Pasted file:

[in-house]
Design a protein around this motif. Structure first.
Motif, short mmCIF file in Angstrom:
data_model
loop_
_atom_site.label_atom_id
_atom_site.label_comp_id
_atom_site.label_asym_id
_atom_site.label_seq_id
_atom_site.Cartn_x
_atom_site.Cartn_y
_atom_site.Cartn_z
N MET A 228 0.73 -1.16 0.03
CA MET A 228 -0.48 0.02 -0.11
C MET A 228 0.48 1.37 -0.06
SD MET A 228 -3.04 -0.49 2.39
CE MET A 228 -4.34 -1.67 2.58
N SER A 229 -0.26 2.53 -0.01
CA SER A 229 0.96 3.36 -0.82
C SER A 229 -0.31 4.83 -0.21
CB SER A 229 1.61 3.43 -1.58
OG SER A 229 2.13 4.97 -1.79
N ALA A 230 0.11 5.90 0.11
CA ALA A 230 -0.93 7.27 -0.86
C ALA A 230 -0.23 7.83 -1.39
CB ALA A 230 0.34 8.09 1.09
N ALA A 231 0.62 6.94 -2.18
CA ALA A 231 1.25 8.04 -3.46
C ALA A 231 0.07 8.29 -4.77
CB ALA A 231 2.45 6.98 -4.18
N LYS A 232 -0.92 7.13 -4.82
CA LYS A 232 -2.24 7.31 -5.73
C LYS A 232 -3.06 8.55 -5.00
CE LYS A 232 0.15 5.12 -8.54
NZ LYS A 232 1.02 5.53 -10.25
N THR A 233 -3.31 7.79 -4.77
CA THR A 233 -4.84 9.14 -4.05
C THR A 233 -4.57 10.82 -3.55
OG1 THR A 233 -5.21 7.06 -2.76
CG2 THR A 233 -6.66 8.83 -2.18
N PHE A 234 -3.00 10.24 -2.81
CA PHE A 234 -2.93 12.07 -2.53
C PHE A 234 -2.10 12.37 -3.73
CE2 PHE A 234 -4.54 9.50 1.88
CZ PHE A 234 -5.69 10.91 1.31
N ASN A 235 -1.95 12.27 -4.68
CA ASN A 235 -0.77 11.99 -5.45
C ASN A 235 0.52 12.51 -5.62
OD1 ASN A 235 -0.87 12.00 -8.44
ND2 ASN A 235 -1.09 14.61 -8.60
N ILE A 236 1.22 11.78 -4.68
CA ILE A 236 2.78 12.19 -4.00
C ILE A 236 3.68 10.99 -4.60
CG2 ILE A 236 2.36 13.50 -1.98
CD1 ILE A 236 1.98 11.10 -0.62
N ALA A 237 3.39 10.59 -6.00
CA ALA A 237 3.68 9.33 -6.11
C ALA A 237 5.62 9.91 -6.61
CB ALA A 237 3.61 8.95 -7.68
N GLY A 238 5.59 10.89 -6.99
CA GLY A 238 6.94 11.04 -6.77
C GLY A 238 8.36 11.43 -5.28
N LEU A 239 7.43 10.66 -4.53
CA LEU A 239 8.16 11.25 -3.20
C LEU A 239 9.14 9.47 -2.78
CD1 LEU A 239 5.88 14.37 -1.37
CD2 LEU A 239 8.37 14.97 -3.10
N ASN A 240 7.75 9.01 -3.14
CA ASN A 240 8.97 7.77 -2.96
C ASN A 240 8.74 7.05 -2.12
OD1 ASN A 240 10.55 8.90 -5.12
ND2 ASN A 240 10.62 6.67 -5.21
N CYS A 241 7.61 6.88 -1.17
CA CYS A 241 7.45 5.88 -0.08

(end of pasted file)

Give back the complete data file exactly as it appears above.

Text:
[in-house]
Design a protein around this motif. Structure first.
Motif, short mmCIF file in Angstrom:
data_model
loop_
_atom_site.label_atom_id
_atom_site.label_comp_id
_atom_site.label_asym_id
_atom_site.label_seq_id
_atom_site.Cartn_x
_atom_site.Cartn_y
_atom_site.Cartn_z
N MET A 228 0.73 -1.16 0.03
CA MET A 228 -0.48 0.02 -0.11
C MET A 228 0.48 1.37 -0.06
SD MET A 228 -3.04 -0.49 2.39
CE MET A 228 -4.34 -1.67 2.58
N SER A 229 -0.26 2.53 -0.01
CA SER A 229 0.96 3.36 -0.82
C SER A 229 -0.31 4.83 -0.21
CB SER A 229 1.61 3.43 -1.58
OG SER A 229 2.13 4.97 -1.79
N ALA A 230 0.11 5.90 0.11
CA ALA A 230 -0.93 7.27 -0.86
C ALA A 230 -0.23 7.83 -1.39
CB ALA A 230 0.34 8.09 1.09
N ALA A 231 0.62 6.94 -2.18
CA ALA A 231 1.25 8.04 -3.46
C ALA A 231 0.07 8.29 -4.77
CB ALA A 231 2.45 6.98 -4.18
N LYS A 232 -0.92 7.13 -4.82
CA LYS A 232 -2.24 7.31 -5.73
C LYS A 232 -3.06 8.55 -5.00
CE LYS A 232 0.15 5.12 -8.54
NZ LYS A 232 1.02 5.53 -10.25
N THR A 233 -3.31 7.79 -4.77
CA THR A 233 -4.84 9.14 -4.05
C THR A 233 -4.57 10.82 -3.55
OG1 THR A 233 -5.21 7.06 -2.76
CG2 THR A 233 -6.66 8.83 -2.18
N PHE A 234 -3.00 10.24 -2.81
CA PHE A 234 -2.93 12.07 -2.53
C PHE A 234 -2.10 12.37 -3.73
CE2 PHE A 234 -4.54 9.50 1.88
CZ PHE A 234 -5.69 10.91 1.31
N ASN A 235 -1.95 12.27 -4.68
CA ASN A 235 -0.77 11.99 -5.45
C ASN A 235 0.52 12.51 -5.62
OD1 ASN A 235 -0.87 12.00 -8.44
ND2 ASN A 235 -1.09 14.61 -8.60
N ILE A 236 1.22 11.78 -4.68
CA ILE A 236 2.78 12.19 -4.00
C ILE A 236 3.68 10.99 -4.60
CG2 ILE A 236 2.36 13.50 -1.98
CD1 ILE A 236 1.98 11.10 -0.62
N ALA A 237 3.39 10.59 -6.00
CA ALA A 237 3.68 9.33 -6.11
C ALA A 237 5.62 9.91 -6.61
CB ALA A 237 3.61 8.95 -7.68
N GLY A 238 5.59 10.89 -6.99
CA GLY A 238 6.94 11.04 -6.77
C GLY A 238 8.36 11.43 -5.28
N LEU A 239 7.43 10.66 -4.53
CA LEU A 239 8.16 11.25 -3.20
C LEU A 239 9.14 9.47 -2.78
CD1 LEU A 239 5.88 14.37 -1.37
CD2 LEU A 239 8.37 14.97 -3.10
N ASN A 240 7.75 9.01 -3.14
CA ASN A 240 8.97 7.77 -2.96
C ASN A 240 8.74 7.05 -2.12
OD1 ASN A 240 10.55 8.90 -5.12
ND2 ASN A 240 10.62 6.67 -5.21
N CYS A 241 7.61 6.88 -1.17
CA CYS A 241 7.45 5.88 -0.08